there. Those crazy people are people who run triathlons
and run and run, what do you call them? Just decathlons and every athalon that there
is. And there's people out there that swim across
the lake, which is insane because it's so Cold. And I'm tongue in cheek because this is just
beyond my comprehension that people could Do that. But I get a lot of them, I get a lot of people
that are up in there, and they have problems And they're over-training. I also have people at the other end of the
spectrum. I have people at the other end of the spectrum
that come in here and if I go through the Triggers for autoimmune thyroid disease, and
when I get to over-training, they roll their Eyes at me like, "Dude, I can't even walk
across my living room. You have no problem with me over-training." So just to cover the spectrum there, over-training
is a trigger for autoimmune disease, not just Hashimoto's, by the way. If you have any other autoimmune disease,
if you have psoriasis, if you have rheumatoid Arthritis, if you have celiac, if you have
ulcerative colitis, this applies to you too. Over-training is bad. Exercise is good. So when you exercise, you do a lot of good
things. Honestly, between exercise and sleep and diet,
you can do so much with a person. And most of my patients can't sleep. Most of my patients can diet and unbelievably
some of my patients over exercise. So what happens when you over exercise? So when you're sick, when you have fibromyalgia
or when you have chronic fatigue, and as most Of my oxygenated patients have some form of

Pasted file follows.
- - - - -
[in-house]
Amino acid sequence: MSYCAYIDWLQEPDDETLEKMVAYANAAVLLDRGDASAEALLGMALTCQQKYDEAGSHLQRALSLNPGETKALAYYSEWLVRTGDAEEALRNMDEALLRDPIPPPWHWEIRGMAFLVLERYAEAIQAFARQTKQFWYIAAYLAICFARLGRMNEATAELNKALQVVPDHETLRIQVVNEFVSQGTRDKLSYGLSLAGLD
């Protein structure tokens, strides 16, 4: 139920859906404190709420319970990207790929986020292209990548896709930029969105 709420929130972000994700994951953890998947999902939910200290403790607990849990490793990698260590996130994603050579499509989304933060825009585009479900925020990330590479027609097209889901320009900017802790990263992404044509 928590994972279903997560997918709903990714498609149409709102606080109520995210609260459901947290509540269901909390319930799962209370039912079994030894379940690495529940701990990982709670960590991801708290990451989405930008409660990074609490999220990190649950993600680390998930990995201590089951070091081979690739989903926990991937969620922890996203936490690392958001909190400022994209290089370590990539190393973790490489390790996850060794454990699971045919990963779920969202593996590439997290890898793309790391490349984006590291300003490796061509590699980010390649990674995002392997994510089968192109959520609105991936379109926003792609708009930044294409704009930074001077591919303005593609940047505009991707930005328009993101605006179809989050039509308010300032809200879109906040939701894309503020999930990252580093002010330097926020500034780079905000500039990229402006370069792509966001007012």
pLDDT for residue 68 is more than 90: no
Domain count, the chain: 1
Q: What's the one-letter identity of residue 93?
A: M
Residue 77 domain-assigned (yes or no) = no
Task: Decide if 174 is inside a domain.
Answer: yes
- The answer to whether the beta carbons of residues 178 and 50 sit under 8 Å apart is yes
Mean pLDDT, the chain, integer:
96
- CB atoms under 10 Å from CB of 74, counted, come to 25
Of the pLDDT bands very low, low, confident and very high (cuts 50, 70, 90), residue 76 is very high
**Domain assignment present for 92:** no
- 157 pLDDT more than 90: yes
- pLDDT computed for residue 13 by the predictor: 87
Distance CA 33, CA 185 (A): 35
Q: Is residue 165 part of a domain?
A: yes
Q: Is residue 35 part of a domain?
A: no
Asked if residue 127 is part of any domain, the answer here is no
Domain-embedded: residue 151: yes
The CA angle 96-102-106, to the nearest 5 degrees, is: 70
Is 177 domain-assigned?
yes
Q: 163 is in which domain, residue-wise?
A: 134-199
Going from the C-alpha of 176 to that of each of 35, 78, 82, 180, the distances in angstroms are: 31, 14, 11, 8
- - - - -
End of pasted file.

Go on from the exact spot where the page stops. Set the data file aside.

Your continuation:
that, you're putting a huge demand on your System through the mechanism of primarily
inflammation. For all of you out there who goes, "It's all
inflammation." It is all inflammation, but what's causing

Okay, that's the ticket and how do you attack
it and what's the order and all that type Of stuff. But in the end, inflammation is the bad guy
and inflammation covers your whole physiology. And then depending on what parts of your physiology
aren't working well or are available to be More attacked, then you start getting symptoms
of that. But it definitely affects the mitochondria
in your cells. Inflammation affects the mitochondria in your
cells. What are mitochondria? They are the little organelles that are little
energy factories in your cells. For those of you who are chemical nerds or
biochemical nerds, this is the citric acid Cycle, or those of you are not, they're little
energy cells. They take your glucose, they take your thyroid
hormones, they take your CoQ-10, they take All of these things and they make energy. So when you have them under an inflammatory